The word socialism has undergone less of an ideological shift, but is similarly burdened by historical associations. The term was first used in the early 1800s to differentiate an idealist vision of cooperative society from the individualism advocated by classical liberals. By the latter half of the 19th century, socialism took on its more modern meaning, referring to the advancement of collective economic and political control.

An 1879 Atlantic article described how the movement was taking hold in Germany at the time. “The workman … was told that every man has a right to the necessaries of life,” it reads, and “that while one single person suffers, no one has a right to luxuries.”

In the United States, socialist organizations emerged beginning in the late 19th and early 20th centuries and aligned themselves with the struggle for labor rights. The term socialist was sometimes applied critically to social liberal policies such as the New Deal to characterize them as radically anti-democratic and un-American. Particularly through its association with the Soviet Union and communism, McWhorter observed, the word has taken on a certain “menacing” tenor for Americans, who identify it with foreignness, atheism, lack of patriotism, threats to civil liberty, and a certain glum grayness.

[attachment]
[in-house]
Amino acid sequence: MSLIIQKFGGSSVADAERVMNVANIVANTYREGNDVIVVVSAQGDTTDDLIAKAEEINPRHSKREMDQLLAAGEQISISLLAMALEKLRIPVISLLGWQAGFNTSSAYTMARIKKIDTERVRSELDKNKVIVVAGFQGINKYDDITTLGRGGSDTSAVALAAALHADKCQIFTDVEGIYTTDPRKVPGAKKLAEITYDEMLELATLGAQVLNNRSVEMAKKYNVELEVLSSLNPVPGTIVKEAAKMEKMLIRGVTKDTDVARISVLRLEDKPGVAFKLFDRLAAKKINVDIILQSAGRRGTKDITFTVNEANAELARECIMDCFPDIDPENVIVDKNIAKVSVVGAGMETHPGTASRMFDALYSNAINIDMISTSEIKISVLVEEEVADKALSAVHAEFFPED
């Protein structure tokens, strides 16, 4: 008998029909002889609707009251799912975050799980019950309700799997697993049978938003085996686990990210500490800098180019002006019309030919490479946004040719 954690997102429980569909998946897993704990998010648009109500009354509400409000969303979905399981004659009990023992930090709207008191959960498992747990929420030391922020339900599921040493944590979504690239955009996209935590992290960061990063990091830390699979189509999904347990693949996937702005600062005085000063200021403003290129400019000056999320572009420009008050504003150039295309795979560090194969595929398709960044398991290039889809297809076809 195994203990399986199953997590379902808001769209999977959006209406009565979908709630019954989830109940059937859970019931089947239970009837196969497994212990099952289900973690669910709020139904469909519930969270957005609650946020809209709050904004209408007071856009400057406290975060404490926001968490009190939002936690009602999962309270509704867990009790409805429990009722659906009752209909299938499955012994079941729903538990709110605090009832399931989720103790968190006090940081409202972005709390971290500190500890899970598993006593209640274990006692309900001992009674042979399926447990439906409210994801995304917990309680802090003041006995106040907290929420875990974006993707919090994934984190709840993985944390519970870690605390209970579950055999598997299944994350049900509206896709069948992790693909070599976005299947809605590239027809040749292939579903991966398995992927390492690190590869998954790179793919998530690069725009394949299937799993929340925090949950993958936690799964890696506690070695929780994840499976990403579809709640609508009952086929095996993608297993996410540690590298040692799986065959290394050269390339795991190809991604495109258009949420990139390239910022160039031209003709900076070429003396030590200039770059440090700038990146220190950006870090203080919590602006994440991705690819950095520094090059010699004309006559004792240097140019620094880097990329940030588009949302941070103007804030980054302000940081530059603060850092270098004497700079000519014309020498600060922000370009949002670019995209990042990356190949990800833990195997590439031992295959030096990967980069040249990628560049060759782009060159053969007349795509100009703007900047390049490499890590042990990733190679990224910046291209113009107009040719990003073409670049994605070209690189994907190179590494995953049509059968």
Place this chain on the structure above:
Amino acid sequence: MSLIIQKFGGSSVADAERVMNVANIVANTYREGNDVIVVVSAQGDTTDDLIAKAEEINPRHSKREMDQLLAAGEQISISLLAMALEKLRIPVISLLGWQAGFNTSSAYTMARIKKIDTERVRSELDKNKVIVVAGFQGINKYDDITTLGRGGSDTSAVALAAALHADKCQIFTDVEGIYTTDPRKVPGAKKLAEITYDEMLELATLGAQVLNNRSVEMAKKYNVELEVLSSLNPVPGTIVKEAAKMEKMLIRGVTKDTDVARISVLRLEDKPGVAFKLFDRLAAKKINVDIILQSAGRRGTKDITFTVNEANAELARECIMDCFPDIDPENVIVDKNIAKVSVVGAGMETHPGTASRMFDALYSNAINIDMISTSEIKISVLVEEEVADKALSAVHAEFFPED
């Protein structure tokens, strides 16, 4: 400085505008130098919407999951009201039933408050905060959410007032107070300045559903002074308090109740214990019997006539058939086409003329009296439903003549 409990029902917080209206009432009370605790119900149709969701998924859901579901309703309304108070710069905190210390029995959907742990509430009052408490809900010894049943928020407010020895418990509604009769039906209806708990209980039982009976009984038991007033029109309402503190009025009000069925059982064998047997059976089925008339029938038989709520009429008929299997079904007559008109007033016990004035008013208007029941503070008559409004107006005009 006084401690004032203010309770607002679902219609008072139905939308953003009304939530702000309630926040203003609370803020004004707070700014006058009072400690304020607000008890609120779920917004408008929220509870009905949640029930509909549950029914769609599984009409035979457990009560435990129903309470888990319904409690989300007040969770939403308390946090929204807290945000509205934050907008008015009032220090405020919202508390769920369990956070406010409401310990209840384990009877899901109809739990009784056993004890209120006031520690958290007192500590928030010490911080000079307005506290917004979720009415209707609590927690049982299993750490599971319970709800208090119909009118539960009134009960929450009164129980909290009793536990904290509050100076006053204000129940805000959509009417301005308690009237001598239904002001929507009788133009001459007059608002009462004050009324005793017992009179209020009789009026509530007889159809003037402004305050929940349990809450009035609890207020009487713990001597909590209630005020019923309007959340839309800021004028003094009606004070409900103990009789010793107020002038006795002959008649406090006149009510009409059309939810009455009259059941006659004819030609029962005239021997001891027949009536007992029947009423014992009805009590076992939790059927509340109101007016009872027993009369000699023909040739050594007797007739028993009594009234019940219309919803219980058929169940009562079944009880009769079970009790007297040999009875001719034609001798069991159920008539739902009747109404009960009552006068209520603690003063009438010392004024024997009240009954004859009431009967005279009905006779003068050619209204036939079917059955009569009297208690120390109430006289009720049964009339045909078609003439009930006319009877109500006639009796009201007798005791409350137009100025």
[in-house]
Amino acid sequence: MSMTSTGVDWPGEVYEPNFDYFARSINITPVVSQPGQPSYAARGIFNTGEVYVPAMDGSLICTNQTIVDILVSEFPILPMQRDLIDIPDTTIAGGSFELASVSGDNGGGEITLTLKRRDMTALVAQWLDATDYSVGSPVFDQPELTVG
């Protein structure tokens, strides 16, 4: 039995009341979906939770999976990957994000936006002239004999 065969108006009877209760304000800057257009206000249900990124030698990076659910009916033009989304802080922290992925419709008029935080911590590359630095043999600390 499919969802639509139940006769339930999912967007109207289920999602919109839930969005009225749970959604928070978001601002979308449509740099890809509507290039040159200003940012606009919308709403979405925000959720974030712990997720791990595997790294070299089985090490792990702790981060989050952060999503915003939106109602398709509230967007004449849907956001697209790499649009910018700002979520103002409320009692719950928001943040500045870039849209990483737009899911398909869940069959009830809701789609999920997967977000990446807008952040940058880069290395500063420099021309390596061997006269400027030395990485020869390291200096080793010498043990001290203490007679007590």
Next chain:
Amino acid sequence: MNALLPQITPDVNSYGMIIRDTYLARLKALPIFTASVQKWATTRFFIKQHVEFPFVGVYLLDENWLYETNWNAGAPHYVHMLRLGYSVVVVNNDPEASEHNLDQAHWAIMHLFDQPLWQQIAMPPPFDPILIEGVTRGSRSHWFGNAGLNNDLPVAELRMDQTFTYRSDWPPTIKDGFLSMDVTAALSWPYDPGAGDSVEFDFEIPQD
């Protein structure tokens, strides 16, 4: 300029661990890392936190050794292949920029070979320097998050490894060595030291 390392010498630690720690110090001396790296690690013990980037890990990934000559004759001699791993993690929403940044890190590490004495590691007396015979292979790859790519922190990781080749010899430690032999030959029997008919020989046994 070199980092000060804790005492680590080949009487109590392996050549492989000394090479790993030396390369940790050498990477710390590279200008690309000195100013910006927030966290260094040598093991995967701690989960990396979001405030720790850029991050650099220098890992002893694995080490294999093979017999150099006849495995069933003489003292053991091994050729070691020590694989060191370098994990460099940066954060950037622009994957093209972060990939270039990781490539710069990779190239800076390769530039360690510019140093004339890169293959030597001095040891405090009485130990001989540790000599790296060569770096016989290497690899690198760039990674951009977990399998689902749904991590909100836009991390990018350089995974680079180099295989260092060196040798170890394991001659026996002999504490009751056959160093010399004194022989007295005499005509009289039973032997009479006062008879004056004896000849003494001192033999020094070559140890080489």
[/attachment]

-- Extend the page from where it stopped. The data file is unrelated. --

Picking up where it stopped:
“People have associations with it that are negative,” McWhorter said, “and that’s not going to change.”

In general, McWhorter explained, words tend to take on more pejorative meanings with time. Notorious once simply meant famous, for instance, and obnoxious meant vulnerable; now both are unambiguous insults. The same has happened to socialism. “That sort of thing is natural,” he said. “ And one can scarcely think that you can reverse these basic conceptions that settle in among all of us.”

Sanders’s and Alexandria Ocasio-Cortez’s efforts to specify that they represent democratic socialism, McWhorter said, “doesn’t work,” because the term is still weighed down by socialism’s negative connotations.